Lent is one of the traditional times of fasting in the Christian calendar. In days of old in England, Advent was also a time of fasting. It may seem curious to the uninitiated observer as to why we as Christians would deny ourselves in the interests of spiritual growth particularly with a festival coming. Surely the coming excitement should include celebration, not a period of sombre reflection? The truth is that we are not making sacrifices by denial, but by making space. As we anticipate the great events in our devotional year, we should make space in our lives to contemplate God’s word and inspiration to draw closer to Him.
In Lent, our particular mission is to anticipate the death and the glorious resurrection of Jesus; His selfless and perfect sacrifice for the sins of the whole world. As the writer of Hebrews expresses “For by one sacrifice He has made perfect forever those who are being made holy.” (Hebrews Ch 10). It is this extraordinary event for which we are preparing ourselves – the one perfect payment for our sins by the grace of God our Father and the love of Jesus our Lord.
In that preparation, I would encourage you to draw back from the busy-ness of the world and spare a little extra time for reading and devotion. In my quiet time I reflected on the words of Psalm 32 and came to understand more about the joys of perfect forgiveness that Jesus brings. In this Psalm, David expresses His joy of redemption in a hymn of praise to God and gives us a powerful insight into not just the danger of sin, but the effect of sin – and in particular the effect of unrecognised or unconfessed sin.
David begins Psalm 32 by explaining the prize of redemption that we approach in Lenten meditation.
1 Blessed is the onePsalm 32:1-2
whose transgressions are forgiven,
whose sins are covered.
2 Blessed is the one
whose sin the Lord does not count against them
and in whose spirit is no deceit.
He speaks of two blessings: The blessing of salvation, of being able to join God in His Kingdom and also the simpler earthly blessing of transgressions being forgiven; changing our lives for the better. In verse 3 David explains the effect of the weight of sin on the living soul:
3 When I kept silent,Psalm 32:3-4
my bones wasted away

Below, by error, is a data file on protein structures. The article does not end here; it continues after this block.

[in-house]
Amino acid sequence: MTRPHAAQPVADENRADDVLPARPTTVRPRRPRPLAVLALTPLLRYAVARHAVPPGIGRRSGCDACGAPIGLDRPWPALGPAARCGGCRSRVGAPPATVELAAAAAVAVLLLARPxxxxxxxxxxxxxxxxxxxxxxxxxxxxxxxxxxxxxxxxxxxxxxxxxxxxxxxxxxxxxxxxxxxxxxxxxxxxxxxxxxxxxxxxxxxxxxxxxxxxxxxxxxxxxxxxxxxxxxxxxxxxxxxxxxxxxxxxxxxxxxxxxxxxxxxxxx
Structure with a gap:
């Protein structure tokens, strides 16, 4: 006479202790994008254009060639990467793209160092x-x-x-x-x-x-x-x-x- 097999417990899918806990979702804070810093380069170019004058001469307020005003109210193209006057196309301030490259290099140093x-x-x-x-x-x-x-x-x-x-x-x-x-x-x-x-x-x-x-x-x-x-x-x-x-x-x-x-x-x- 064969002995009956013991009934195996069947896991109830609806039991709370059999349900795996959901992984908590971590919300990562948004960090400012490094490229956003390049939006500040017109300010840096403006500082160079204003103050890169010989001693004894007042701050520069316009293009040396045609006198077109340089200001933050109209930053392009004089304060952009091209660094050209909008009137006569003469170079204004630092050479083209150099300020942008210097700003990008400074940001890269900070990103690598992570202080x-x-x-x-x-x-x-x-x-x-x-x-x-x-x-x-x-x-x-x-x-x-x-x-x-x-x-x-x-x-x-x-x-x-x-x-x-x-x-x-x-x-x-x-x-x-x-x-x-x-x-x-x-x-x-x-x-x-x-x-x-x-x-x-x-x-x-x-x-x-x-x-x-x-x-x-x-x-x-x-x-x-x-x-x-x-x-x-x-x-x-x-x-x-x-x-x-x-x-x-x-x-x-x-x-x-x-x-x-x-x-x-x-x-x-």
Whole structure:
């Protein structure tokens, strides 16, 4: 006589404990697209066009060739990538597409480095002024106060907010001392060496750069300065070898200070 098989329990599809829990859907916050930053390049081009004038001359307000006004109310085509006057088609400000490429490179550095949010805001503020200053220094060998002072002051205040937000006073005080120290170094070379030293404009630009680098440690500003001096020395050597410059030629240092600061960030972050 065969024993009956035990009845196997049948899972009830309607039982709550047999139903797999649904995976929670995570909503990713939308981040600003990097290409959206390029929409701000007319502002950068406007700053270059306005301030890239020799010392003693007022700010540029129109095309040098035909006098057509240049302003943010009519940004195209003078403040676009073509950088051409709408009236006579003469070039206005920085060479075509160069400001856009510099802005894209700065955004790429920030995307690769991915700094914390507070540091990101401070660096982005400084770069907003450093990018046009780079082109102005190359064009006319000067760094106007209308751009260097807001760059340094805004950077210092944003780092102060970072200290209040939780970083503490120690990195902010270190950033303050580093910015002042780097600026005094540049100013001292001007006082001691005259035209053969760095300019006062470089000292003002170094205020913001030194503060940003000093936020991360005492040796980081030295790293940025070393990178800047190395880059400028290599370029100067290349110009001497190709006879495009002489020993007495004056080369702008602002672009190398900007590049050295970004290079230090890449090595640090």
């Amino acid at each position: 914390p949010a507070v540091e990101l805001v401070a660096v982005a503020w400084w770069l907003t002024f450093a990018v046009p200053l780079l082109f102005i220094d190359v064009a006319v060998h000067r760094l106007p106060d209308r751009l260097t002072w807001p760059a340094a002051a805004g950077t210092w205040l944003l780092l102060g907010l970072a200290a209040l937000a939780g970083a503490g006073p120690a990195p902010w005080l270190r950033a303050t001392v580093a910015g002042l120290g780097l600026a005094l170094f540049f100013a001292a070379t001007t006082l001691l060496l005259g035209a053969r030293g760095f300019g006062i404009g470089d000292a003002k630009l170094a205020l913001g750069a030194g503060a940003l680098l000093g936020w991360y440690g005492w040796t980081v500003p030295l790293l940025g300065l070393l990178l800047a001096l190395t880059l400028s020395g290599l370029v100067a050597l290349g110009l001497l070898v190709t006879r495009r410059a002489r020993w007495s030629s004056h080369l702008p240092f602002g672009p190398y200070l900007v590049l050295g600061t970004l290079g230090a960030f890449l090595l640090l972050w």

through my groaning all day long.
4 For day and night
your hand was heavy on me;
my strength was sapped
as in the heat of summer.
While we have the divine gift of Jesus conquering death for us, we also have a part to play in the cycle of forgiveness. Too often we fail to recognise where we have sinned, not least because we are reticent to look deep into our hearts. David’s observation here is very practical. He speaks of the effects of keeping silent, as we are tempted to do, telling us that when we stay silent, it is going to hurt – “my bones wasted away through my groaning all day long”. This is such an important message to us. So many people suffer both physically and mentally under the weight of guilt. It affected David deeply – “For day and night your hand was heavy on me; my strength was sapped as in the heat of summer.”
Our Lenten challenge is to re-examine our own responsibility for whatever may be sapping our spiritual strength. We speak of a close equivalent, depression, nowadays as a ‘chemical imbalance’. I have great respect for the advances that have been made in mental health care and treatment. However, the trending issue is to blame the world around us for our pain.
The cause of mental, physical and spiritual anguish may well be closer to home than we care to think. The Christian response is to look for the sin and guilt that separate us from the love of God and His redemption. We do this by self-discovery, removing the burden of guilt that is so damaging to the fulfilling life that God intends for us. David says
“5 Then I acknowledged my sin to youPsalm 32:5
and did not cover up my iniquity.
I said, “I will confess
my transgressions to the Lord.”
And you forgave
the guilt of my sin”.
Uncovering our inner faults is the Christian devotional way forward. It is not an easy path to take, but it is a road to blessing. For sin to be forgiven, the fault first needs to be discovered in faithful humility and then presented to God. Our Heavenly Father welcomes this; we can confess with confidence as there is joy in heaven when a sinner repents. Jesus came to find sinners; they were a priority to Him. Examination, discovery, confession and regeneration lead to blessing. David rejoices in the change that a deep cleaning of the heart brings and concludes his Psalm:
“10 Many are the woes of the wicked,Psalm 32:10-11
but the Lord’s unfailing love
surrounds the one who trusts in Him.
11 Rejoice in the Lord and be glad, you righteous;
sing, all you who are upright in heart!
David was a remarkable king, spiritual leader and example; not because he was a perfect man, but because he was an imperfect man with a yearning to be in the presence of God. He laid his imperfections before God in faith and in the knowledge that he would be restored. This aspect of Lent sounds like a tough journey, and I would not pretend that it is easy. However, as we bring our inner thoughts to God in humility and repentance, we can do so confidently with the prospect of Joy.
“For God so loved the world that He gave His one and only Son, that whoever believes in Him shall not perish but have eternal life.”John 3:16
God’s gift is beyond price and beyond our human imagination. In loving response, we lay our lives before Him to prepare to receive our risen Lord and Saviour. The blessing of allowing God full access to our hearts, by examination and confession, is one to grasp with joy.